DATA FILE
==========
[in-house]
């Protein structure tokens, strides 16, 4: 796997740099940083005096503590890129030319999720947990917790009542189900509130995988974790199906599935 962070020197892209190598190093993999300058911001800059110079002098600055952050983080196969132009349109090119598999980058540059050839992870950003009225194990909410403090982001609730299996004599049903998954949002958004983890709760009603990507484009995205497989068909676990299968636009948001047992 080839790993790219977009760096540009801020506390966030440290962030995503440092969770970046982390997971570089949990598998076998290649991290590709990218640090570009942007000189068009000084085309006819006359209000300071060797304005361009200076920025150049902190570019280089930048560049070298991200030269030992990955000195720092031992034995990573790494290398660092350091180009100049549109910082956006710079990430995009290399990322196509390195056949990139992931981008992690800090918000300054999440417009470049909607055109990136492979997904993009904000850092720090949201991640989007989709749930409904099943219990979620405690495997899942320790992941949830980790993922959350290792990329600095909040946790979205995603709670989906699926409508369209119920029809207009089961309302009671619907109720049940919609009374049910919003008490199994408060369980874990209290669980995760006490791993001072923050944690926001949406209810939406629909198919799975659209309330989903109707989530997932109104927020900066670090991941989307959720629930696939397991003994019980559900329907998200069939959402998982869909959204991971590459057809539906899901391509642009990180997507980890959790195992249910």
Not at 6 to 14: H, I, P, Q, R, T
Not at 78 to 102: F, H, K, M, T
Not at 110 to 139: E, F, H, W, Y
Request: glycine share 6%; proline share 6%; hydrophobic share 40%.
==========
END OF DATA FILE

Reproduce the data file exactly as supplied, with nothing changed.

[in-house]
């Protein structure tokens, strides 16, 4: 796997740099940083005096503590890129030319999720947990917790009542189900509130995988974790199906599935 962070020197892209190598190093993999300058911001800059110079002098600055952050983080196969132009349109090119598999980058540059050839992870950003009225194990909410403090982001609730299996004599049903998954949002958004983890709760009603990507484009995205497989068909676990299968636009948001047992 080839790993790219977009760096540009801020506390966030440290962030995503440092969770970046982390997971570089949990598998076998290649991290590709990218640090570009942007000189068009000084085309006819006359209000300071060797304005361009200076920025150049902190570019280089930048560049070298991200030269030992990955000195720092031992034995990573790494290398660092350091180009100049549109910082956006710079990430995009290399990322196509390195056949990139992931981008992690800090918000300054999440417009470049909607055109990136492979997904993009904000850092720090949201991640989007989709749930409904099943219990979620405690495997899942320790992941949830980790993922959350290792990329600095909040946790979205995603709670989906699926409508369209119920029809207009089961309302009671619907109720049940919609009374049910919003008490199994408060369980874990209290669980995760006490791993001072923050944690926001949406209810939406629909198919799975659209309330989903109707989530997932109104927020900066670090991941989307959720629930696939397991003994019980559900329907998200069939959402998982869909959204991971590459057809539906899901391509642009990180997507980890959790195992249910």
Not at 6 to 14: H, I, P, Q, R, T
Not at 78 to 102: F, H, K, M, T
Not at 110 to 139: E, F, H, W, Y
Request: glycine share 6%; proline share 6%; hydrophobic share 40%.